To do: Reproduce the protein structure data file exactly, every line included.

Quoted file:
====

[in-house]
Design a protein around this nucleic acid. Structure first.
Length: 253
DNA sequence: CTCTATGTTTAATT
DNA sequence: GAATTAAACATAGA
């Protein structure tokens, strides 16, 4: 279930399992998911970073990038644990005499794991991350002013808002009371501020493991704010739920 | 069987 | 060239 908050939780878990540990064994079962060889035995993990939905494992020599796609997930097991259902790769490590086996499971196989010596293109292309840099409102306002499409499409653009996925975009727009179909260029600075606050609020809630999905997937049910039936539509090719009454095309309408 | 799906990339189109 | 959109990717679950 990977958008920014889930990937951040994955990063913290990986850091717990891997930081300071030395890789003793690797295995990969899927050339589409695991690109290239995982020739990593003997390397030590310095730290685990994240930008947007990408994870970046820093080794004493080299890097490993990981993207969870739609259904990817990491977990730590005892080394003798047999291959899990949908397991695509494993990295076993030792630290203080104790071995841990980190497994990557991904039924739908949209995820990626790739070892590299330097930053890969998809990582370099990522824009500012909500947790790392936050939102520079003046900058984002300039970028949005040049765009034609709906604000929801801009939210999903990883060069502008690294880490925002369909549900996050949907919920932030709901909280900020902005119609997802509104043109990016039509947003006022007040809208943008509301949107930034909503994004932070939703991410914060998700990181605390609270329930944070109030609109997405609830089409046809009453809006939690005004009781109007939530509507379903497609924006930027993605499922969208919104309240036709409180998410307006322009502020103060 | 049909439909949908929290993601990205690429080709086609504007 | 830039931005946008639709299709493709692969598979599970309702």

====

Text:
[in-house]
Design a protein around this nucleic acid. Structure first.
Length: 253
DNA sequence: CTCTATGTTTAATT
DNA sequence: GAATTAAACATAGA
């Protein structure tokens, strides 16, 4: 279930399992998911970073990038644990005499794991991350002013808002009371501020493991704010739920 | 069987 | 060239 908050939780878990540990064994079962060889035995993990939905494992020599796609997930097991259902790769490590086996499971196989010596293109292309840099409102306002499409499409653009996925975009727009179909260029600075606050609020809630999905997937049910039936539509090719009454095309309408 | 799906990339189109 | 959109990717679950 990977958008920014889930990937951040994955990063913290990986850091717990891997930081300071030395890789003793690797295995990969899927050339589409695991690109290239995982020739990593003997390397030590310095730290685990994240930008947007990408994870970046820093080794004493080299890097490993990981993207969870739609259904990817990491977990730590005892080394003798047999291959899990949908397991695509494993990295076993030792630290203080104790071995841990980190497994990557991904039924739908949209995820990626790739070892590299330097930053890969998809990582370099990522824009500012909500947790790392936050939102520079003046900058984002300039970028949005040049765009034609709906604000929801801009939210999903990883060069502008690294880490925002369909549900996050949907919920932030709901909280900020902005119609997802509104043109990016039509947003006022007040809208943008509301949107930034909503994004932070939703991410914060998700990181605390609270329930944070109030609109997405609830089409046809009453809006939690005004009781109007939530509507379903497609924006930027993605499922969208919104309240036709409180998410307006322009502020103060 | 049909439909949908929290993601990205690429080709086609504007 | 830039931005946008639709299709493709692969598979599970309702």